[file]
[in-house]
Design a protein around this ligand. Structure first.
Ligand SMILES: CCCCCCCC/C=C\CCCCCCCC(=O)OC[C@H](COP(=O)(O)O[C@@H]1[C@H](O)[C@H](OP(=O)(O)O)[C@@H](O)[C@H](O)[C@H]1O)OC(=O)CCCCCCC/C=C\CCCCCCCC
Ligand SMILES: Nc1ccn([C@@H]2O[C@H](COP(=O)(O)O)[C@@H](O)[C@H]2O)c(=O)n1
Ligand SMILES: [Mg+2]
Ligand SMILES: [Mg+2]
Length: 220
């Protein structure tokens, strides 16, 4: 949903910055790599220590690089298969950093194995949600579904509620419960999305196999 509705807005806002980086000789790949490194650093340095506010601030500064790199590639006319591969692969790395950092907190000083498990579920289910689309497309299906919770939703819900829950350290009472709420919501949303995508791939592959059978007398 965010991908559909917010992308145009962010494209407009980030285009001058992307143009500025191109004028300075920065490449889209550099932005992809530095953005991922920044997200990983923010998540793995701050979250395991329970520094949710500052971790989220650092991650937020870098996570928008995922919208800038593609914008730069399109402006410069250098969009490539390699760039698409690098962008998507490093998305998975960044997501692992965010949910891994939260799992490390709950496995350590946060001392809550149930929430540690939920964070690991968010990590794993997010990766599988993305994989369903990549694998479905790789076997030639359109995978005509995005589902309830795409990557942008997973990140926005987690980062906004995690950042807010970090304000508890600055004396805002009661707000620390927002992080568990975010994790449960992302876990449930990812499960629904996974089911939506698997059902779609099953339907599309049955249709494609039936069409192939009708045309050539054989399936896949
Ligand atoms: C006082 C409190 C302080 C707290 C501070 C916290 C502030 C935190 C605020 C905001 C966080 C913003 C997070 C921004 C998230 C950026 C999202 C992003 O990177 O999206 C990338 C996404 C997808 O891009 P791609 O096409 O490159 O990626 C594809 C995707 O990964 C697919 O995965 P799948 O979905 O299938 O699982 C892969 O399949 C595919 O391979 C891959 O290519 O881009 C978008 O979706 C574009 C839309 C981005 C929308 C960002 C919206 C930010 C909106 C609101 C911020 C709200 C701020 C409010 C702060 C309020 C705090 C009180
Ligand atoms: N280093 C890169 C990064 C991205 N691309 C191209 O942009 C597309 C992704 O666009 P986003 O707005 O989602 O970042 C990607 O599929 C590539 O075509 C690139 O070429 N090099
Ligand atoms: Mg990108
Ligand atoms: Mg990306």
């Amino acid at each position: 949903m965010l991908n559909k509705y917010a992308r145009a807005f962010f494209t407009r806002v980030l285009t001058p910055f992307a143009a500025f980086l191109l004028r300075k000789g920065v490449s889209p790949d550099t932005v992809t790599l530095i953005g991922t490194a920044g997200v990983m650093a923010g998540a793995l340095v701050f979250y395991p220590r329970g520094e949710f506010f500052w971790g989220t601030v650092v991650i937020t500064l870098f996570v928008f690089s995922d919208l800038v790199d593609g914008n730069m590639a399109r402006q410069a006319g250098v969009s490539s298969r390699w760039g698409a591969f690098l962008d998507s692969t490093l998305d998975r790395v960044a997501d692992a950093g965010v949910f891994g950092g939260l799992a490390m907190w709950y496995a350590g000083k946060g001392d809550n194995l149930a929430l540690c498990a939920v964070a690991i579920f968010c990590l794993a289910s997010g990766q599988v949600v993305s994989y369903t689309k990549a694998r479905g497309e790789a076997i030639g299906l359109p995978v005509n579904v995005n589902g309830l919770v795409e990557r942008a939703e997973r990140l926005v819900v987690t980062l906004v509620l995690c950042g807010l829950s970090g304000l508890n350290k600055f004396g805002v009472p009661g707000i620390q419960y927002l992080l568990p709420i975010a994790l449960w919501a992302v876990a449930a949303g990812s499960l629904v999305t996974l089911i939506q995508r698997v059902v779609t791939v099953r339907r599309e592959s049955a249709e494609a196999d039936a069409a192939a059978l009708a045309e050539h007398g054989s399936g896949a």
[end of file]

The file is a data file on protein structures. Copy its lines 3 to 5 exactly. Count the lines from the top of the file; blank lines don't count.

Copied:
Ligand SMILES: CCCCCCCC/C=C\CCCCCCCC(=O)OC[C@H](COP(=O)(O)O[C@@H]1[C@H](O)[C@H](OP(=O)(O)O)[C@@H](O)[C@H](O)[C@H]1O)OC(=O)CCCCCCC/C=C\CCCCCCCC
Ligand SMILES: Nc1ccn([C@@H]2O[C@H](COP(=O)(O)O)[C@@H](O)[C@H]2O)c(=O)n1
Ligand SMILES: [Mg+2]